Folding corners instead of using bookmarks: Five red flags for incredibly nerdy people

DATING a nerd? You could be exhibiting problematic behaviour like this without even knowing it.

Folding down corners instead of using bookmarks

What are you, a f**king animal? You could have enjoyed the most romantic date in history and ended it in the best way possible by reading your encyclopaedias in bed, but if you fold down the corner of a page to keep your place then expect to be thrown out. It’s not hard to memorise a page number if you’re caught short.

Calling the Doctor ‘Doctor Who’

The character is called the Doctor, the programme is called Doctor Who. Unless you’re referring to those films starring Peter Cushing. Or that time he was called Doctor Who in 1966’s The War Machines. And even then the Doctor’s real name is Theta Sigma. God, it’s like you haven’t wasted your life learning useless trivia.

Mixing up Marvel and DC

To you they’re just comic characters who dash around in capes and star in increasingly tedious movies. But to a nerdy partner they are bitterly opposed rivals with clear differences that set them apart. Although if you ever want to get dumped at least you’ve got an easy way out. Just say Batman is your favourite Marvel character.

Confusing them with geeks

Nerds and geeks are two completely different things, and mixing them up is a massive red flag. Geeks are a trendy appropriation of nerd culture without any of the social awkwardness, whereas nerds memorise the periodic table for fun and think pocket protectors are both practical and stylish. Oh how you wish you were dating a geek instead.

Being able to healthily express your emotions

Are you comfortable expressing how you feel both verbally and physically? If so, your nerdy partner will think about calling time on your relationship. That’s because the two of you are clearly mismatched, and even though opposites attract when it comes to magnets, the same sadly does not apply to humans. It’s one of the many ways we’re inferior to magnets.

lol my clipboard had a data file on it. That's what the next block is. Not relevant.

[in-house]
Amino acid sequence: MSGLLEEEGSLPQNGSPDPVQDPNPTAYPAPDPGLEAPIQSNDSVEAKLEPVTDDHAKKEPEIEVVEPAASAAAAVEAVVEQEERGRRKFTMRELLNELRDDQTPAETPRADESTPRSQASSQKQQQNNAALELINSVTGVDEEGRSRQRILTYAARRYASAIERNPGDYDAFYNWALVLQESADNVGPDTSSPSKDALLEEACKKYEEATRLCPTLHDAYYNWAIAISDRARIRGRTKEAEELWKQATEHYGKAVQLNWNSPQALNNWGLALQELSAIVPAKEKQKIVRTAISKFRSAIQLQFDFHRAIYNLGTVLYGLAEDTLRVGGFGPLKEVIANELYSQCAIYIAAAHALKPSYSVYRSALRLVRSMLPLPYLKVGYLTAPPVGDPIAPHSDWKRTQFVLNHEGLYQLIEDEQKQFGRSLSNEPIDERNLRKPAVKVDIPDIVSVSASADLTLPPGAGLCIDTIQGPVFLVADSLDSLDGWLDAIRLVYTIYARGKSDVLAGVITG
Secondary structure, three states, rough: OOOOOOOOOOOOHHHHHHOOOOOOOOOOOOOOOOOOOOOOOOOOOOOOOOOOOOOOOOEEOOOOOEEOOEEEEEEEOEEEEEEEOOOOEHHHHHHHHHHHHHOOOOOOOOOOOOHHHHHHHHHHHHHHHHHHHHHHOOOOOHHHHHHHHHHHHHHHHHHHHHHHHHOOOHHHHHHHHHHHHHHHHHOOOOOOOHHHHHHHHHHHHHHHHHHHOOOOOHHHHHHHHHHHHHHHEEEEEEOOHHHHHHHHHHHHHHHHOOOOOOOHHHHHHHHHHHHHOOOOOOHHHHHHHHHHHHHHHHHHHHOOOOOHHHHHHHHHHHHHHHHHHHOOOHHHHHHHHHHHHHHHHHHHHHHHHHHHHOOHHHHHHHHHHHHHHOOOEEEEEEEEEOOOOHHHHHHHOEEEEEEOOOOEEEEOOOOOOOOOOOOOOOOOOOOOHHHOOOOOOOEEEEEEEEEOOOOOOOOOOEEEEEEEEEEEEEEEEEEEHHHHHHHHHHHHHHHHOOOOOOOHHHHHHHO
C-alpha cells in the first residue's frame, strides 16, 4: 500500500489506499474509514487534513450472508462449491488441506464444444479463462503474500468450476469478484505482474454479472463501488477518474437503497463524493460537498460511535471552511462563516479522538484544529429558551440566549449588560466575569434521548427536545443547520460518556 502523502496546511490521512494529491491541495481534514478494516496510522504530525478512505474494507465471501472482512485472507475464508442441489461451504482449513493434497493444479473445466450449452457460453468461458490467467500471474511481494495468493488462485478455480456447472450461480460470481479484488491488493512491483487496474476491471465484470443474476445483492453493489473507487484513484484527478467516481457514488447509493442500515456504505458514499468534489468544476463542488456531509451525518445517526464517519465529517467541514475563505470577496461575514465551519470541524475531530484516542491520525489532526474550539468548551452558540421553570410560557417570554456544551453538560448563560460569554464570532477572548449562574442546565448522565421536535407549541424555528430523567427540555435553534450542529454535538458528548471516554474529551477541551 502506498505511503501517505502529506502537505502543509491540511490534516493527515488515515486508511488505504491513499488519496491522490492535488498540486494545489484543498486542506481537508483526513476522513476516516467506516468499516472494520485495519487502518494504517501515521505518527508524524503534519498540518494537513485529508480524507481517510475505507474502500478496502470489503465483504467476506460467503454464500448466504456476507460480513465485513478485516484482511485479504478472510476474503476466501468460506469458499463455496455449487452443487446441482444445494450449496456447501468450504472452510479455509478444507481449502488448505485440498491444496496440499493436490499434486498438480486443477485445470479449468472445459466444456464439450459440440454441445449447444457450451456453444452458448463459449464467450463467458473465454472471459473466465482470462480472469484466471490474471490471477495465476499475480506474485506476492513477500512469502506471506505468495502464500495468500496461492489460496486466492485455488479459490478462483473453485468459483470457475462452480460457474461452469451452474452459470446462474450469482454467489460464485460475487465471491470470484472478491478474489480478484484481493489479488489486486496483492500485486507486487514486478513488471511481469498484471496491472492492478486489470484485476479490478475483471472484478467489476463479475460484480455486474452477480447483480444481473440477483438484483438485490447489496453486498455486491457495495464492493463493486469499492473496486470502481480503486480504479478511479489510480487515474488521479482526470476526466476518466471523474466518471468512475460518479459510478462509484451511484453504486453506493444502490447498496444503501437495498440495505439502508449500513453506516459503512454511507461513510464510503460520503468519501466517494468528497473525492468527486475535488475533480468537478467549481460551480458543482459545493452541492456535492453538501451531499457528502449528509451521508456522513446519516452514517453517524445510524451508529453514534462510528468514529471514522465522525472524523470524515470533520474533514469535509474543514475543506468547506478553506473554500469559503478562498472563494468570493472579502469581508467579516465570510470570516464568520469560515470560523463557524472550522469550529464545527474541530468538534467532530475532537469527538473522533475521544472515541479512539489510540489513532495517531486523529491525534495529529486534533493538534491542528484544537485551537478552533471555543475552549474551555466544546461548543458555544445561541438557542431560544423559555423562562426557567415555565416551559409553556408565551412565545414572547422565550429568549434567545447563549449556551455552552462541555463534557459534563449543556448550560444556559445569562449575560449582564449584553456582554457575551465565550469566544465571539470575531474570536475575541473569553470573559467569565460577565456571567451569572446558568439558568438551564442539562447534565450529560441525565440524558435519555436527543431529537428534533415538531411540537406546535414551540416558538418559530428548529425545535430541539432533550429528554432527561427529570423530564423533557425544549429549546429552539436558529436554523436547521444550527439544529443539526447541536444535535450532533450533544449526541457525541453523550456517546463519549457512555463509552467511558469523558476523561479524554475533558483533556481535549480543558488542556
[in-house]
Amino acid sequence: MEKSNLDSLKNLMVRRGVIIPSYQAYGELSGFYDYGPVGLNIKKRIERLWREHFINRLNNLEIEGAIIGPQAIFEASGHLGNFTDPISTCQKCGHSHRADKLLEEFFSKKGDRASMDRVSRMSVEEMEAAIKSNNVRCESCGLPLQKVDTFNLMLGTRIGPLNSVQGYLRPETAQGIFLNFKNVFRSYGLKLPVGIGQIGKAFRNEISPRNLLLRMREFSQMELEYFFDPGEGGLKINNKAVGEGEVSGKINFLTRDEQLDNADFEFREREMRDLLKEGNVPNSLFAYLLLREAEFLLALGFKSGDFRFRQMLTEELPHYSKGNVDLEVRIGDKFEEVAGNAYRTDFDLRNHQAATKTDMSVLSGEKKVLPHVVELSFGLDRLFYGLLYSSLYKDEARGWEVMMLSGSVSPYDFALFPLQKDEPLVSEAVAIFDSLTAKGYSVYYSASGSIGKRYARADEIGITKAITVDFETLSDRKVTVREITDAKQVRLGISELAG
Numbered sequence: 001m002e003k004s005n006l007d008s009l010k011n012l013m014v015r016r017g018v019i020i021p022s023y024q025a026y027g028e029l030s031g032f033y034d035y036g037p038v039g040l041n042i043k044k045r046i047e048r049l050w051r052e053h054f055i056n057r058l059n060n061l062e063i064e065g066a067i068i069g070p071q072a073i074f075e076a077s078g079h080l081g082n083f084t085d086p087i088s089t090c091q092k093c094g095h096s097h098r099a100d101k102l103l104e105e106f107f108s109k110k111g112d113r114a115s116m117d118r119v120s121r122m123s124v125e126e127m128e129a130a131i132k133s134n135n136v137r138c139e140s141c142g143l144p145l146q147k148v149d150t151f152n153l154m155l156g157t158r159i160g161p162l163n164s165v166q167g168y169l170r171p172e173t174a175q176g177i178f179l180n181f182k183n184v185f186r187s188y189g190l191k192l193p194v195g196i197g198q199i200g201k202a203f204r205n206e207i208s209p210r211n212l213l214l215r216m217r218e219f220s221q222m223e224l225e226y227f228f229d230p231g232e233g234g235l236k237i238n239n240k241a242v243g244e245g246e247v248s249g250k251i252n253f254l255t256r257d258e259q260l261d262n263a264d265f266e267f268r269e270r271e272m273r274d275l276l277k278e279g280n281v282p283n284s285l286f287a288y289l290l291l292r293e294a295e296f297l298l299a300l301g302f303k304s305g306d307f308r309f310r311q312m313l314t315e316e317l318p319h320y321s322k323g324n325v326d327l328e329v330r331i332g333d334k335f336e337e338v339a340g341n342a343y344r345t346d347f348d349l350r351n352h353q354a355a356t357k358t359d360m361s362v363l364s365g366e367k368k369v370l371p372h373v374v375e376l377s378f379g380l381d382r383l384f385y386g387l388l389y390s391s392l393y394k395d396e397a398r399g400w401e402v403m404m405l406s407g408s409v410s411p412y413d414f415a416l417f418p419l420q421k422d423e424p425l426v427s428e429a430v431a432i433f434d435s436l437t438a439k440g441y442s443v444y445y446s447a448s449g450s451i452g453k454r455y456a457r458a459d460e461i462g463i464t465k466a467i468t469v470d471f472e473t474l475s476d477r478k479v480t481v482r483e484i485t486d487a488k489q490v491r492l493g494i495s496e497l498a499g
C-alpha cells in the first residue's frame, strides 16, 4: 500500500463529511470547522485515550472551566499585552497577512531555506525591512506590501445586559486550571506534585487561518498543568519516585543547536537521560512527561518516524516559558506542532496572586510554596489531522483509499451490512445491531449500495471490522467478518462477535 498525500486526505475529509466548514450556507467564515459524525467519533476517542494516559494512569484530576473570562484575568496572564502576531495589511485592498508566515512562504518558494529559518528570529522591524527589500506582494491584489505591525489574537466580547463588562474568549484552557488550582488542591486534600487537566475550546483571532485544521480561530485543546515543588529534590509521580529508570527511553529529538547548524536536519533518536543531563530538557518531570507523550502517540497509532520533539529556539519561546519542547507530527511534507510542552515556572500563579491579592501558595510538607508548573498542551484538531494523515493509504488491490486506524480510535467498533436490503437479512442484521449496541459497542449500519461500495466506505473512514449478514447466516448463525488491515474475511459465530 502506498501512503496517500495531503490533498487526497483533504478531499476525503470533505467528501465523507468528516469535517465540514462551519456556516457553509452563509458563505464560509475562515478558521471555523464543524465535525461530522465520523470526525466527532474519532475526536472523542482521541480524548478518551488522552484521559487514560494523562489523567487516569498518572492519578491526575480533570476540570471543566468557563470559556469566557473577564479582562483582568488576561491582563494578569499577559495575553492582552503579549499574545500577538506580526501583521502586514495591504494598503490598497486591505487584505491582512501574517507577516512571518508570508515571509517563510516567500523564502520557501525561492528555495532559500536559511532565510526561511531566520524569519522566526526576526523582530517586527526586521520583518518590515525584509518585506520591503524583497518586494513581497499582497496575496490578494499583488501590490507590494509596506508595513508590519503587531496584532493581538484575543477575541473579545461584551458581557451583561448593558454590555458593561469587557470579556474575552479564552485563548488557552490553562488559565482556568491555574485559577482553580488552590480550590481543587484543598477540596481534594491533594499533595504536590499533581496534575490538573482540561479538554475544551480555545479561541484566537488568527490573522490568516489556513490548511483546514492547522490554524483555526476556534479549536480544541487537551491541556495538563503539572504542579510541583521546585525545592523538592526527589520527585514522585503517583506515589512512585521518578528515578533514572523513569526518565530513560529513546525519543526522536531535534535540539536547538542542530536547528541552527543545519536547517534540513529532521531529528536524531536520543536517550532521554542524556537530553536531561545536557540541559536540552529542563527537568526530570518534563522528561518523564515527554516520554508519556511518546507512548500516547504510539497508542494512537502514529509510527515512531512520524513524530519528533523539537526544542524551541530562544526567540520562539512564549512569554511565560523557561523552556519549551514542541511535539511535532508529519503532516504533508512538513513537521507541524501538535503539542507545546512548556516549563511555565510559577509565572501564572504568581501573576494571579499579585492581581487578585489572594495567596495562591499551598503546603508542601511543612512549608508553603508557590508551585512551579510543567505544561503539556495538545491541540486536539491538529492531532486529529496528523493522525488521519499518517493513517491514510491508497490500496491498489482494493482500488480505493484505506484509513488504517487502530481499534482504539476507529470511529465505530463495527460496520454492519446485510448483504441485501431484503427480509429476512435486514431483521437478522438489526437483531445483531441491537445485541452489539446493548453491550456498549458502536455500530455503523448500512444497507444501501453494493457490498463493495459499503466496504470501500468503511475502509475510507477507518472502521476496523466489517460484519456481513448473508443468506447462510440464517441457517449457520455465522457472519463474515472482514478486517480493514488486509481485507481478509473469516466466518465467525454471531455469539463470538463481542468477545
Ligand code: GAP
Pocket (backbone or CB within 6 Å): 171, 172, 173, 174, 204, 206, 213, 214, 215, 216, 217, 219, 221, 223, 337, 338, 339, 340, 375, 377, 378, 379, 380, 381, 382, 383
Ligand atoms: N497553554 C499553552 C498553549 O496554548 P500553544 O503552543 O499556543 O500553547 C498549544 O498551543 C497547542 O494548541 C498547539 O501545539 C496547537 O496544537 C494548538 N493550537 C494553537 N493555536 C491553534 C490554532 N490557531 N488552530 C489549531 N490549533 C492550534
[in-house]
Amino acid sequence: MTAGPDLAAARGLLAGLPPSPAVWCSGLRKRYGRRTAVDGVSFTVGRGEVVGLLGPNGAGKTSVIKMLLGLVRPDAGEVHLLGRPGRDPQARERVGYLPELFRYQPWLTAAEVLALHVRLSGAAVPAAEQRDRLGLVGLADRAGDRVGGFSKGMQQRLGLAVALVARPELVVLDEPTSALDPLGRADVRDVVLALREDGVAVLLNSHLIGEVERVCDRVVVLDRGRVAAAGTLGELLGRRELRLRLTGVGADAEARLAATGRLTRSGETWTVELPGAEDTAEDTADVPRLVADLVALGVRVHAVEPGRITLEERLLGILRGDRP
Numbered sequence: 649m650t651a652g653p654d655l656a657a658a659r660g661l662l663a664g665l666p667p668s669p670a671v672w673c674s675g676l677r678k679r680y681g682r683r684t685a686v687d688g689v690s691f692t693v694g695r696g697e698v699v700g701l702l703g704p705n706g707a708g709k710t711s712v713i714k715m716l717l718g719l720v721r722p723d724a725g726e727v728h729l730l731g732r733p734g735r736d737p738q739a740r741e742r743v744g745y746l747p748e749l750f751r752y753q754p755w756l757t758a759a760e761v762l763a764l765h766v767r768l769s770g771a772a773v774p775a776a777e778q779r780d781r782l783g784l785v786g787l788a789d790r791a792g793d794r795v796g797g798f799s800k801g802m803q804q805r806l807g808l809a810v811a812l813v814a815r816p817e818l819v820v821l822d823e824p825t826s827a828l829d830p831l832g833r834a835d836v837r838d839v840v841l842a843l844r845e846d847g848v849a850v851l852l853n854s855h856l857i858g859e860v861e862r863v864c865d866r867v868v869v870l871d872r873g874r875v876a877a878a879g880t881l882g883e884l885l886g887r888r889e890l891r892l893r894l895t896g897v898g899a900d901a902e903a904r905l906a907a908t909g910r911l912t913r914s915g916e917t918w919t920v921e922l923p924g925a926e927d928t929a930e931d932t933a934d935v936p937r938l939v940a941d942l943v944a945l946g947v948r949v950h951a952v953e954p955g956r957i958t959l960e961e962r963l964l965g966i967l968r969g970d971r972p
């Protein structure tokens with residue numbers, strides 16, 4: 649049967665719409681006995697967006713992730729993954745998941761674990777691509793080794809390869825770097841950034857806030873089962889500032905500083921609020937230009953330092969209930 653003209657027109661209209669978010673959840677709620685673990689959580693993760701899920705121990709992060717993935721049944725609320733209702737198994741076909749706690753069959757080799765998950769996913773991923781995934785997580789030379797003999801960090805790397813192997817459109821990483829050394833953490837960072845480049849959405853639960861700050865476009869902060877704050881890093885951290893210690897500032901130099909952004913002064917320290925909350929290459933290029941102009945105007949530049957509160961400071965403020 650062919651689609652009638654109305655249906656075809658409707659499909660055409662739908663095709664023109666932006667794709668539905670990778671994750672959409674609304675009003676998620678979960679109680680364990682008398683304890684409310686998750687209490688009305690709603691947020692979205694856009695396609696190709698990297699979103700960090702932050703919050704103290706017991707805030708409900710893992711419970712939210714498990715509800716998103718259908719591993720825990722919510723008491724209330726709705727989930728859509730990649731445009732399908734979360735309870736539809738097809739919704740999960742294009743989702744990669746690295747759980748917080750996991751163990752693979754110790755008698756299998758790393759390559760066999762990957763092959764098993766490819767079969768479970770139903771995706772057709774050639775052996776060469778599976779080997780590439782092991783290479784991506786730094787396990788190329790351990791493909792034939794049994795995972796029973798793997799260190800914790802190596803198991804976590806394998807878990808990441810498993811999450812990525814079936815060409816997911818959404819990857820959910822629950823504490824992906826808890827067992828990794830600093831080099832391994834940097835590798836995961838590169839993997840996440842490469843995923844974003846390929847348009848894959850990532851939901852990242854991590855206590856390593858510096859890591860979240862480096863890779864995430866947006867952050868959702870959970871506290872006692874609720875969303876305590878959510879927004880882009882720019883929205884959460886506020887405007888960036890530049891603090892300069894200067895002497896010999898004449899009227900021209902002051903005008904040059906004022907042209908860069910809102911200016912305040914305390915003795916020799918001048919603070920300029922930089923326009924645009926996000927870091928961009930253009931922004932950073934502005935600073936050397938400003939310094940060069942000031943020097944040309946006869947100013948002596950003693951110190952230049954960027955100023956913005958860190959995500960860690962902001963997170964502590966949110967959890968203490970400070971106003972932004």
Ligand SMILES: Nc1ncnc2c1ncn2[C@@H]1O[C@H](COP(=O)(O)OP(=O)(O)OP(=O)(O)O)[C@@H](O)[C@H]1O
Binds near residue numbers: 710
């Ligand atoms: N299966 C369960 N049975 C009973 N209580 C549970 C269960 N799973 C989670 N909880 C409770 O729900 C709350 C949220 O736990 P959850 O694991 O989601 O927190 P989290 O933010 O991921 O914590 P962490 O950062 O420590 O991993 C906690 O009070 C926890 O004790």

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Six everyday situations that are surprisingly charged with class tension

WE supposedly live in a classless society. So why then does class tension come bubbling dangerously close to the surface during the most mundane events?

Supermarket deliveries

Should you feign interest in your driver’s route and working hours, or does it sound patronising? Do they want this tedious conversation about onions you’ve stumbled into, or are they just humouring the pampered homeworker? All you wanted was some bog paper and cheese delivering, not a nerve-jangling journey through a social minefield.

Seeing a certain breed of dog

A 100 per cent accurate marker of social class. Labrador: white collar professional. Alsatian: self-employed working class. Staffie: borderline underclass. Okay, it doesn’t work with all dogs, eg. dachshunds. Who buys those hairy saveloy-shaped freaks is anyone’s guess.

Getting into university

Not such a big deal these days, but it’s an achievement, and one you were quite modest about as a teenager. Then your dickhead Uncle Dave said something like: ‘Don’t suppose you’ll want to talk to us peasants anymore.’ At least he didn’t blather on about the superiority of the University of Life, where, it appears, everyone graduates with a double first in Stupidity.

Visit by a dopey tradesman

Middle class types agonise over looking down on the lower orders. All very well until someone genuinely gormless comes to fix your boiler. Then, on a freezing day, an ironic comment like ‘Think I’ll do a bit of sunbathing later!’ will be met with the frighteningly literal response, ‘No, it’s too cold, mate.’ Hopefully it’s not a big job, because the conversation won’t get better.

Accidentally slagging off someone’s choice of TV viewing

Certain TV shows are, shall we say, deliberately targeted at the ‘less sophisticated viewer’, such as Love Island or Mrs Brown’s Boys. You’ll unthinkingly slag them off, only for someone to say ‘I think it’s really good!’ You’ll then have to pathetically backtrack, eg. ‘I mean it’s very good as broad brush humour, it’s all subjective when you think about it…’ and so on, sounding totally spineless, which indeed you are.

Relatives visiting

Certain working class relatives have incredibly forthright views about any topic they refuse to research beyond reading tabloid headlines. So any family gathering becomes a game of ‘avoid the hot topic’, or you’ll be subjected to insightful arguments like ‘How can a man be a woman? A man’s not a woman, he’s a man.’ The only positive is that Uncle Dave will have gone strangely quiet about Brexit by now.